...a satisfying combination of the well-known, such as the capture of Fort Ticonderoga, to the relatively obscure, such as the exploits throughout much of the war of Patriot Benjamin Whitcomb and his rangers in the area between Fort Ticonderoga and Montreal.
Journal of America's Military Past
This was an excellent book; it was well-researched, entertaining, and fun to read, and it provided a unique perspective on the methods used to win the War of Independence. The author described in great depth the events preceding the battles, and how these small special operations units were vital to the American cause. This is a great book for the neophyte historian or any casual reader.
City Book Review
well-written, easy to follow work that does an excellent job telling many small stories of the American Revolution.
- Casemate Publishers
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- 6.20(w) x 9.10(h) x 1.00(d)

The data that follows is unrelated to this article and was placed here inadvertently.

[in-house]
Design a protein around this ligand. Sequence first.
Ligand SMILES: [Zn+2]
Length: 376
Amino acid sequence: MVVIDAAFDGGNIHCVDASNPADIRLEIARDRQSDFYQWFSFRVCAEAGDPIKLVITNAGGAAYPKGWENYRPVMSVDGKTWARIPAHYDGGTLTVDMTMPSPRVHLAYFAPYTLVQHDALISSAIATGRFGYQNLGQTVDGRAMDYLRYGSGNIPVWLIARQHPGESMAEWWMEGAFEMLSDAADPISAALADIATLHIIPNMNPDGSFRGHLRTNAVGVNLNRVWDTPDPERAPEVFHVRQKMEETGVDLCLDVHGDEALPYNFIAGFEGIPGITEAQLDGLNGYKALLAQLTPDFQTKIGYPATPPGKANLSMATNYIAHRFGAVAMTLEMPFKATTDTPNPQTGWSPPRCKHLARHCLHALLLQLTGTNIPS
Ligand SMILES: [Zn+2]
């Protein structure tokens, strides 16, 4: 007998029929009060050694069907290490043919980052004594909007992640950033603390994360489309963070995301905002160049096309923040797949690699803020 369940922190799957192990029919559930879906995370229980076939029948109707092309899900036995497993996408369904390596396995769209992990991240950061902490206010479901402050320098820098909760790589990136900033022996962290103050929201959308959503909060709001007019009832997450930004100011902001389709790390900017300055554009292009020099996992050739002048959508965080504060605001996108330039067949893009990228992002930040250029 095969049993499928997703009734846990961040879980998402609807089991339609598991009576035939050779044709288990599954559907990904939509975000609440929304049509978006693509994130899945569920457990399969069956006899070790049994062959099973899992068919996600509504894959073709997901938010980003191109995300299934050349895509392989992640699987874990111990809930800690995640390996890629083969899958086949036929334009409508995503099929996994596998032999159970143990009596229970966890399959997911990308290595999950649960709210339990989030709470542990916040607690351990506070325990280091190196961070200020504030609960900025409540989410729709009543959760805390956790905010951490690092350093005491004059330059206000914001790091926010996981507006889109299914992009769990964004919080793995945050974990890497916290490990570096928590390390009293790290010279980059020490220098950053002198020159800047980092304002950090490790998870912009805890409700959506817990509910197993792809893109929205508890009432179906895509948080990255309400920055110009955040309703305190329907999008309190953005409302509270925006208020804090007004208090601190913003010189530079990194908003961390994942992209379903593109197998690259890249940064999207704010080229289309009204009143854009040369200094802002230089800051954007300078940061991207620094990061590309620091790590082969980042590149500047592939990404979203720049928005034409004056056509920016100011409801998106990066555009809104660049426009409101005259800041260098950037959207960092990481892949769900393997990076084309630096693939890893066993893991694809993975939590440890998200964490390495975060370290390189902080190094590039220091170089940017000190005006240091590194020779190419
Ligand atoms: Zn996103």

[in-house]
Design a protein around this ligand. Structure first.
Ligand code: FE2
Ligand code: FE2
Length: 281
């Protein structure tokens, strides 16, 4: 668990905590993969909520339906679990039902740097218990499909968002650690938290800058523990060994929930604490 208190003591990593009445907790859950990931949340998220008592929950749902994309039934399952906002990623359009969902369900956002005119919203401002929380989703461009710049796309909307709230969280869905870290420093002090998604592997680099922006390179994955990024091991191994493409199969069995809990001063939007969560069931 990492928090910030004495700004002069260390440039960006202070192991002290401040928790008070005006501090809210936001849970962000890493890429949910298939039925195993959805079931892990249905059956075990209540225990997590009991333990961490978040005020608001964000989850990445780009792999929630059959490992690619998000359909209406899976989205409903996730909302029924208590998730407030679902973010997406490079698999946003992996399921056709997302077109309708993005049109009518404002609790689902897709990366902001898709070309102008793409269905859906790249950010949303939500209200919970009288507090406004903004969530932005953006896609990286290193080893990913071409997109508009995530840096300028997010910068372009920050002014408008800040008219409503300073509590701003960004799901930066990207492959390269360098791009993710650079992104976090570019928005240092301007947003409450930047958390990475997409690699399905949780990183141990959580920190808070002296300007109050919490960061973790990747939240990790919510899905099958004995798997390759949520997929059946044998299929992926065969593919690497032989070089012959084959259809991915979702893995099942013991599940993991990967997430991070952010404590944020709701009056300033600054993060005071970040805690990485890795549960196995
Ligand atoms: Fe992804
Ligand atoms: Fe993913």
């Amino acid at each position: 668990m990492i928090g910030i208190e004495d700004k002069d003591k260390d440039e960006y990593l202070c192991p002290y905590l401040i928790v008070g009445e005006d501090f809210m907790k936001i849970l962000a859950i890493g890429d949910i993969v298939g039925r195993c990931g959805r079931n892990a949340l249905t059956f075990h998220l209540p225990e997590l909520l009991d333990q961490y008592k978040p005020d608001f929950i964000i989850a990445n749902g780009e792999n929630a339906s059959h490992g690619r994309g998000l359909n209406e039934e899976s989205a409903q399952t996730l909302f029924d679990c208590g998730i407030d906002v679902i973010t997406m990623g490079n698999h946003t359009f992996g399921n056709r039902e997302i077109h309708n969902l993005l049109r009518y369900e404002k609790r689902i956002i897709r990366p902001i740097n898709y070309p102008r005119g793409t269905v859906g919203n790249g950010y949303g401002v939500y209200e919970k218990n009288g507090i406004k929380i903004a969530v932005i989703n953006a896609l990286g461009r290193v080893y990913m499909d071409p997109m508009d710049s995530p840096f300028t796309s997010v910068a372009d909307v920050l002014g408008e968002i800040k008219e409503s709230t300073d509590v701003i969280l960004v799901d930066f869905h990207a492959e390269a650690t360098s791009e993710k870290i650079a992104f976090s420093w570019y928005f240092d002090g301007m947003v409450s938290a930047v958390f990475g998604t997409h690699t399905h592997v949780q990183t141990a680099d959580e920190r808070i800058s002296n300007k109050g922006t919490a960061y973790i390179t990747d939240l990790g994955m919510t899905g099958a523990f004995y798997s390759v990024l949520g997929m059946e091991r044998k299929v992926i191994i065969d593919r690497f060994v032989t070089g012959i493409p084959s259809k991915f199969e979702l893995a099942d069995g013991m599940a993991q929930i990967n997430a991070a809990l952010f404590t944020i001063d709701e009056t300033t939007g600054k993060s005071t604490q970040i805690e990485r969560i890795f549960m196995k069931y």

Meet the Author
Robert Tonsetic was born and raised in Pittsburgh, PA. He graduated from the University of Pittsburgh with a BA in English Literature in 1964. Upon graduation, he entered the US Army as an infantry second lieutenant. After completing Special Forces training in 1966, he served a tour in Thailand with the 46th Special Forces Company. He was subsequently assigned to the 199th Light Infantry Brigade in Vietnam, serving as a rifle company commander during the Tet and May Offensives of 1968. In 1970, he returned to Vietnam as a senior advisor to South Vietnamese Ranger and Airborne battalions. His decorations for his wartime service include the Distinguished Service Cross, the Silver Star, and the Bronze Star for Valor. He retired from the Army at the rank of Colonel in 1991, after completing a three year assignment as a faculty member at the NATO Defense College in Rome, Italy. Upon his return to the US, Robert earned a Doctorate in Education, and was employed at the University of Central Florida as a staff member and adjunct professor. He currently lives with his wife, Polly, on Maryland's eastern shore.